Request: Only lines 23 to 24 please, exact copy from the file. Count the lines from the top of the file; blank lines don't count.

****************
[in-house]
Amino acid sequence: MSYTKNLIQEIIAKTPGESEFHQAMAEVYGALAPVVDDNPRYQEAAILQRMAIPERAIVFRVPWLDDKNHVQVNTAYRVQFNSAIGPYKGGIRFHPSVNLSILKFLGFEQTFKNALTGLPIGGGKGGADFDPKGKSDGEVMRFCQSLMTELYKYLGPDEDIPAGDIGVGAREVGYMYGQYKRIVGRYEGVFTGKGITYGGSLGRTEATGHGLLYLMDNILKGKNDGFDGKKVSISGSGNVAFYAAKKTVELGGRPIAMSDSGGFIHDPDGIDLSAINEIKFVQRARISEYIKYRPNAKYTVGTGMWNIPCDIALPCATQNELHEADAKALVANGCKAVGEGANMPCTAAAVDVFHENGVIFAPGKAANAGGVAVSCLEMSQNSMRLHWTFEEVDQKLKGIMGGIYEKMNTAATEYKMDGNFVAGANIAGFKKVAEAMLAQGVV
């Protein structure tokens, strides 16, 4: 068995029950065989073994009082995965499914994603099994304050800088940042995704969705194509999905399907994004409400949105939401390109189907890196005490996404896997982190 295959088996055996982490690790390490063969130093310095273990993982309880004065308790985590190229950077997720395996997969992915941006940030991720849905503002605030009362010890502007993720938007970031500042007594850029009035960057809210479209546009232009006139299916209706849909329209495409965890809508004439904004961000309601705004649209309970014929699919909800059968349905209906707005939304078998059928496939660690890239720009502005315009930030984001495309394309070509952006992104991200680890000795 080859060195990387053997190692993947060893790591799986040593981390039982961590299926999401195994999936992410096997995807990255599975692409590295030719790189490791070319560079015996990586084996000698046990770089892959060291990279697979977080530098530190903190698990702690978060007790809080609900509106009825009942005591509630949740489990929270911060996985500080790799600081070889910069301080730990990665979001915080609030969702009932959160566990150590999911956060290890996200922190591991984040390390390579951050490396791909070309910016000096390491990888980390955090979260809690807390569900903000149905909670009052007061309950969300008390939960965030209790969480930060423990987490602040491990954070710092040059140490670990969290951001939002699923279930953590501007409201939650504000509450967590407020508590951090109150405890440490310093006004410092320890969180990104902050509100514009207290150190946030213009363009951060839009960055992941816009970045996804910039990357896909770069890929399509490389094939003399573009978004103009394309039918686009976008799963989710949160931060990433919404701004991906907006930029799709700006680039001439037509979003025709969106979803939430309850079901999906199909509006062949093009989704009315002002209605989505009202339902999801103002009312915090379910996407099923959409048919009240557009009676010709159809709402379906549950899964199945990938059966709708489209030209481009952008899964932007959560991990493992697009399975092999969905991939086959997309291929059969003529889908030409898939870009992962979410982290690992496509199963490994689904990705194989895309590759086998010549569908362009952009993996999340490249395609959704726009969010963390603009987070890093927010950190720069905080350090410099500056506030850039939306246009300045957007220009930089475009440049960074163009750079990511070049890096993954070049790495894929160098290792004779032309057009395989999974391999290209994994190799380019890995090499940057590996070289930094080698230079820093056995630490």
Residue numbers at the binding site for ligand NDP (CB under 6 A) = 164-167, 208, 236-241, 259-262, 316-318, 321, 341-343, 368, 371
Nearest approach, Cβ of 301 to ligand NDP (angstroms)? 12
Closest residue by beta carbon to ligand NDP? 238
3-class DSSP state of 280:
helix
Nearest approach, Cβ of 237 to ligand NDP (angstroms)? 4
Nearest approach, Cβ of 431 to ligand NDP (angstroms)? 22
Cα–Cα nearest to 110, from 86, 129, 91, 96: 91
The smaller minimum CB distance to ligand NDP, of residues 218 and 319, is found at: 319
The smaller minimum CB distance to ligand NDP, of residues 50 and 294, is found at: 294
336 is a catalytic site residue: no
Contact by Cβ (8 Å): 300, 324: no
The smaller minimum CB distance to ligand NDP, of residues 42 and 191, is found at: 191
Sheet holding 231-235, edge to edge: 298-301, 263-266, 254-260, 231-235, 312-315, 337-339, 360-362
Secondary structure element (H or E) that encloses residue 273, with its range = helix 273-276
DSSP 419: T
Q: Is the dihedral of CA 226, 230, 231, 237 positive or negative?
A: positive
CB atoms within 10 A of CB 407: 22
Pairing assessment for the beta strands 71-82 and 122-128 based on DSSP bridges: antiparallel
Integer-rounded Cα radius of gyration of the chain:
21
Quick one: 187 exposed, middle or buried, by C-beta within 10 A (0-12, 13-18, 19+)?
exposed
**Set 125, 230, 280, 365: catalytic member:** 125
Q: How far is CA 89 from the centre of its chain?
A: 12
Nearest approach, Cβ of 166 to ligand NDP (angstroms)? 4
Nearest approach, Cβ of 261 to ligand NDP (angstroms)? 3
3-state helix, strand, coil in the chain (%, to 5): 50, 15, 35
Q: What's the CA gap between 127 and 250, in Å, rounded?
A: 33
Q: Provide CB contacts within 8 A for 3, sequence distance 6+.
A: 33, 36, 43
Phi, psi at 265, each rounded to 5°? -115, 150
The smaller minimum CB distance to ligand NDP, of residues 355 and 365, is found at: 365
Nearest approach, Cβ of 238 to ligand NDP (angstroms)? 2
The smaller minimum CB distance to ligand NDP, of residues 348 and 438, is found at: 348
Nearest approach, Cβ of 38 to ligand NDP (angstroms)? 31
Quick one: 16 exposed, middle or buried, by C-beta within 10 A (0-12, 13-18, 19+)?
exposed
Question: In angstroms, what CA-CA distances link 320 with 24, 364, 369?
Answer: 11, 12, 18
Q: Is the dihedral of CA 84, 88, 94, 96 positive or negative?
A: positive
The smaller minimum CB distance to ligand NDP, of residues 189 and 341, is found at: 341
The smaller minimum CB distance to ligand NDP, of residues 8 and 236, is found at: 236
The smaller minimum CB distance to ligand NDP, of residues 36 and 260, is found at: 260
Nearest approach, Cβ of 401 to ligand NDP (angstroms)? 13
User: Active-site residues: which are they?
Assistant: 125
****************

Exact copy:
Pairing assessment for the beta strands 71-82 and 122-128 based on DSSP bridges: antiparallel
Integer-rounded Cα radius of gyration of the chain: